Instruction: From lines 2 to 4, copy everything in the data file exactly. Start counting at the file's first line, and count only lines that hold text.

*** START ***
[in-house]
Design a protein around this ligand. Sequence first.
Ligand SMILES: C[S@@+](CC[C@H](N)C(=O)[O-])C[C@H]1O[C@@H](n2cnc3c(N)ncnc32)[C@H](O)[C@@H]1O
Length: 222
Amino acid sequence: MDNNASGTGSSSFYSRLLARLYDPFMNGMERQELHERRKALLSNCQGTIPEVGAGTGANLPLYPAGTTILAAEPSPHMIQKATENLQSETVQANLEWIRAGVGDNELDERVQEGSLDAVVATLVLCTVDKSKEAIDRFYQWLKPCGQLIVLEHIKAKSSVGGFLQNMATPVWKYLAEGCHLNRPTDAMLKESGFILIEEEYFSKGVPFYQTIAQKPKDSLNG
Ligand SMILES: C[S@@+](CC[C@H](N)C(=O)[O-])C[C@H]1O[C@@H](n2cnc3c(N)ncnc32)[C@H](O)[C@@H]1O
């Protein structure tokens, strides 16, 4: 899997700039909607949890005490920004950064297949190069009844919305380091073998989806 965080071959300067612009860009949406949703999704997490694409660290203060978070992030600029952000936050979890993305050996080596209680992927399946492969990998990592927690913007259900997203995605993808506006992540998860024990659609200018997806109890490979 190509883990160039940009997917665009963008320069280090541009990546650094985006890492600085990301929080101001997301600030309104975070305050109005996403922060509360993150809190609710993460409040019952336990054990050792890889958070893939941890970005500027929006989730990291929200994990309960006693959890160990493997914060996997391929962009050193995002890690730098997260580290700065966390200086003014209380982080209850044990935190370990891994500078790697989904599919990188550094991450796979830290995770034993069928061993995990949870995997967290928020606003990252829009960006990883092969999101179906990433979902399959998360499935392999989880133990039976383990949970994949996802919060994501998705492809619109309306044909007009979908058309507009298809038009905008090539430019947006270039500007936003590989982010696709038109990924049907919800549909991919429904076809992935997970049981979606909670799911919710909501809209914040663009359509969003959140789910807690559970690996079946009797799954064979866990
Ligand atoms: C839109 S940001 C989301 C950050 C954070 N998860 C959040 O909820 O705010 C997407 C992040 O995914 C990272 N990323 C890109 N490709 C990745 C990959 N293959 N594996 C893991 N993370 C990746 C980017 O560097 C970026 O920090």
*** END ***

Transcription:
Design a protein around this ligand. Sequence first.
Ligand SMILES: C[S@@+](CC[C@H](N)C(=O)[O-])C[C@H]1O[C@@H](n2cnc3c(N)ncnc32)[C@H](O)[C@@H]1O
Length: 222